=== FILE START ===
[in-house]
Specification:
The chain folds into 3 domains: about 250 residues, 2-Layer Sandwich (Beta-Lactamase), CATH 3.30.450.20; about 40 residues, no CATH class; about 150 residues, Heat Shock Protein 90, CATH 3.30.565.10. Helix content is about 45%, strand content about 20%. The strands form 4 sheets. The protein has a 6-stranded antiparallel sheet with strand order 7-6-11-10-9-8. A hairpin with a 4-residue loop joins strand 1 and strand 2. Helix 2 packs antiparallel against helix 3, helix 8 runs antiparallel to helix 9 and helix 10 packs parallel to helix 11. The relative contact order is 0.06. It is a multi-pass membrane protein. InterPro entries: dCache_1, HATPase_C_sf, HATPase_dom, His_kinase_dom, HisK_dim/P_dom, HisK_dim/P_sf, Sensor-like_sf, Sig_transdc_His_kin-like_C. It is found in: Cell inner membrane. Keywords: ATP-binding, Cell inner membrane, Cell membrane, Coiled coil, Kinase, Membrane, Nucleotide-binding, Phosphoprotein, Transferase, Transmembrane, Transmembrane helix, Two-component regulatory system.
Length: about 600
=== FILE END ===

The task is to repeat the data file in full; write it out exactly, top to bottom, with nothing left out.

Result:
[in-house]
Specification:
The chain folds into 3 domains: about 250 residues, 2-Layer Sandwich (Beta-Lactamase), CATH 3.30.450.20; about 40 residues, no CATH class; about 150 residues, Heat Shock Protein 90, CATH 3.30.565.10. Helix content is about 45%, strand content about 20%. The strands form 4 sheets. The protein has a 6-stranded antiparallel sheet with strand order 7-6-11-10-9-8. A hairpin with a 4-residue loop joins strand 1 and strand 2. Helix 2 packs antiparallel against helix 3, helix 8 runs antiparallel to helix 9 and helix 10 packs parallel to helix 11. The relative contact order is 0.06. It is a multi-pass membrane protein. InterPro entries: dCache_1, HATPase_C_sf, HATPase_dom, His_kinase_dom, HisK_dim/P_dom, HisK_dim/P_sf, Sensor-like_sf, Sig_transdc_His_kin-like_C. It is found in: Cell inner membrane. Keywords: ATP-binding, Cell inner membrane, Cell membrane, Coiled coil, Kinase, Membrane, Nucleotide-binding, Phosphoprotein, Transferase, Transmembrane, Transmembrane helix, Two-component regulatory system.
Length: about 600